In the course of the nights conversation Sanchez mentioned several collectives/workshops that you've probably all heard about and may have even visited or worked at. Still, as we embark on this new experiment printing, it will be wise for us to go back and research existing organization for successes, failures, and lessons learned. Here are a few links:

Robert Blackburn Workshop-

Please, add more links to orgs your interested in the comments section- we can build our own web resource library...


A talk with Juan Sanchez

Hey there Grapevinettes-

Today I had the opportunity to work with artist Juan Sanchez in studio at Harlem Textile Works. My friend, and fellow teaching artist Shani Peters is aiding him print a series to be displayed at a solo show at Southern Graphics Conference 2010 in Philly.

I told him about my idea for Grapevine Ink, and my desire to start up a Women of Color Printmakers Collective but also my hesitation to call it that. My concerns ranging to how the term people of color is thought of internationally, to how people of mixed race heritage identify, and also how exclusivity can sometimes be damaging or limiting.

Sanchez was very supportive about Grapevine Ink, and dropped some knowledge on me. I wish I had a tape recorder cause that woulda been posted UP for ya'll!

He made the point that while some people are opposed to making groups exclusive, its really important that oppressed people work to make opportunities and venues FOR THEMSELVES and that those avenues should be preserved for future generations of artists. It's not about excluding anybody or so-called "reverse discrimination", but recognizing that as women and peoples of oppressed nationalities, race, ethnicity, sexual orientation etc. we have been and continue to be marginalized in the art world and we have to work together to give ourselves spaces to change this.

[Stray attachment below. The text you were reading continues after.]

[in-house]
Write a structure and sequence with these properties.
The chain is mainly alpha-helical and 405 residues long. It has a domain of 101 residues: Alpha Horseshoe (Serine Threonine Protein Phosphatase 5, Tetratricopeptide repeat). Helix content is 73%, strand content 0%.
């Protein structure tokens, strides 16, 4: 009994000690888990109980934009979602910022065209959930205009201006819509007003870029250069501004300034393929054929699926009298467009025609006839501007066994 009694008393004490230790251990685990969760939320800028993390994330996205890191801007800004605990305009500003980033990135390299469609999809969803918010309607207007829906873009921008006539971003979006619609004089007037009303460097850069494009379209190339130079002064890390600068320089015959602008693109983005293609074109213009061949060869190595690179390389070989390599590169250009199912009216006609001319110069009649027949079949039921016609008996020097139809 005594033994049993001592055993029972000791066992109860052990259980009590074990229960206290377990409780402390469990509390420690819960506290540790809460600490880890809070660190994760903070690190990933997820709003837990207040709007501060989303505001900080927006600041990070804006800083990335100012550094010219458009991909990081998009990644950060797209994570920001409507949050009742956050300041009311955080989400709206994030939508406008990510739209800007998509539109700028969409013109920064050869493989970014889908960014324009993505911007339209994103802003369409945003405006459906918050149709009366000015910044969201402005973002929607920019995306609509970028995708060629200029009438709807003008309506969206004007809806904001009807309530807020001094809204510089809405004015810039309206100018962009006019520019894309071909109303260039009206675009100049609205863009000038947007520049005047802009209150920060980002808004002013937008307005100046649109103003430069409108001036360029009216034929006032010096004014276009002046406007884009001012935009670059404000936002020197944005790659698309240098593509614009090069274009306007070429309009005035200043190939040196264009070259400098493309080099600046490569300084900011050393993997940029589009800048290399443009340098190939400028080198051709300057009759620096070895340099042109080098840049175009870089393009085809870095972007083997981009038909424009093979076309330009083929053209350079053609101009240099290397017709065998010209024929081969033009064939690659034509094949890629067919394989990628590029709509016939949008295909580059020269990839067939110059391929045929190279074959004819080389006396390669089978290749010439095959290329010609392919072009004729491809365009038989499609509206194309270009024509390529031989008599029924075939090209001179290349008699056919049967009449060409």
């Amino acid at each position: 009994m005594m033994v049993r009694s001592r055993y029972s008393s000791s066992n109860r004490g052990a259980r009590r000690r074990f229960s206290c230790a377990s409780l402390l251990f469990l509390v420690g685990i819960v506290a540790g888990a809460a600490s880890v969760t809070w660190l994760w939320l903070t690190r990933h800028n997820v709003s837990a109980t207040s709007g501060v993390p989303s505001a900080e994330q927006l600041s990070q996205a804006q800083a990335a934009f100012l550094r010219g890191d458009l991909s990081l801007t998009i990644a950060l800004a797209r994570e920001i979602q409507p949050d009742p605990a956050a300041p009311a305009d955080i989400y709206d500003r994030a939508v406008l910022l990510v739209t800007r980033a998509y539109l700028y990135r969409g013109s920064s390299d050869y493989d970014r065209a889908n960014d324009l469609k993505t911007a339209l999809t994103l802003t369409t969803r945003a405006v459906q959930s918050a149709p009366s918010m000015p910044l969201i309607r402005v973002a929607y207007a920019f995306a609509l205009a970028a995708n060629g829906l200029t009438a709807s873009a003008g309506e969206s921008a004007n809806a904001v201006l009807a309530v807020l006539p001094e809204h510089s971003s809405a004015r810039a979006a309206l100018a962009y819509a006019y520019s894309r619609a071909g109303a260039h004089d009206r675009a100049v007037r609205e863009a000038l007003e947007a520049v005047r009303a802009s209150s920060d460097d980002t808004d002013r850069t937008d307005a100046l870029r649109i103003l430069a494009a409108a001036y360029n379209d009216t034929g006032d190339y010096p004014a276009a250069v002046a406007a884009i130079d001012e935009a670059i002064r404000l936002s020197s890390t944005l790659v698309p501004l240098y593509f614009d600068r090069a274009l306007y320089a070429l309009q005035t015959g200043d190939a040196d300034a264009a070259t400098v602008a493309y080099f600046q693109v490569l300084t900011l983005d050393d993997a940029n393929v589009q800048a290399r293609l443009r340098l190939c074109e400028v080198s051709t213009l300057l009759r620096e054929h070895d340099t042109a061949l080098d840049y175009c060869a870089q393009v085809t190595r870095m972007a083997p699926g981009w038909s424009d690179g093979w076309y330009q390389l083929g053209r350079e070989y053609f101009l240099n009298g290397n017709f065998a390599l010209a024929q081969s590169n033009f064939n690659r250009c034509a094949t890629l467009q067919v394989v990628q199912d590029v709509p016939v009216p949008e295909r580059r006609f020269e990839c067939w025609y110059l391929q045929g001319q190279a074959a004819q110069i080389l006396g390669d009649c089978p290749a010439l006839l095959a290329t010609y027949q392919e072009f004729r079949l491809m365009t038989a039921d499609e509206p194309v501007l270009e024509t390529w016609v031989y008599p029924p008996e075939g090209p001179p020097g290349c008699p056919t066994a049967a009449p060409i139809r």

I am still struggling with the right kind or rhetoric to use when describing Grapevine Ink. The mission statement is so important, and I've received so much great feedback, ideas and encouragement from all of you!

I look forward to your comments, and hopefully some posts from ya'll!
Expect an email soon from me!

Much Love,

*This image displayed is by Juan Sanchez
Victoria de Samotracia (Afro-Taina)
Collagraph, duotone litho, hand-painted, feathers, raffia


Welcome to Grapevine Ink!

This blog is the beginning of an International Women in Printmaking Collective, discussing intersecting identities within art practice, theory, community and education.

I started this blog in order for us all to start interacting with each other and share our opinions, ideas and work.

Originally I wanted this group to be a Women of Color Printmaking Collective-
However, while the term “person of color” is widely used in
the United States, it may be perceived differently in other countries.

How do we define our collective?

I feel as though the group should not be as broad as just ‘international,’
or just ‘women in printmaking’-that would be diluted, too broad, and boring.
I want this to be a powerful collective of women, critically addressing
experiences and struggle as artists outside of the white dominated
and male dominated printmakers world.

Please introduce yourself with your post and put up thoughts, input, ideas, etc!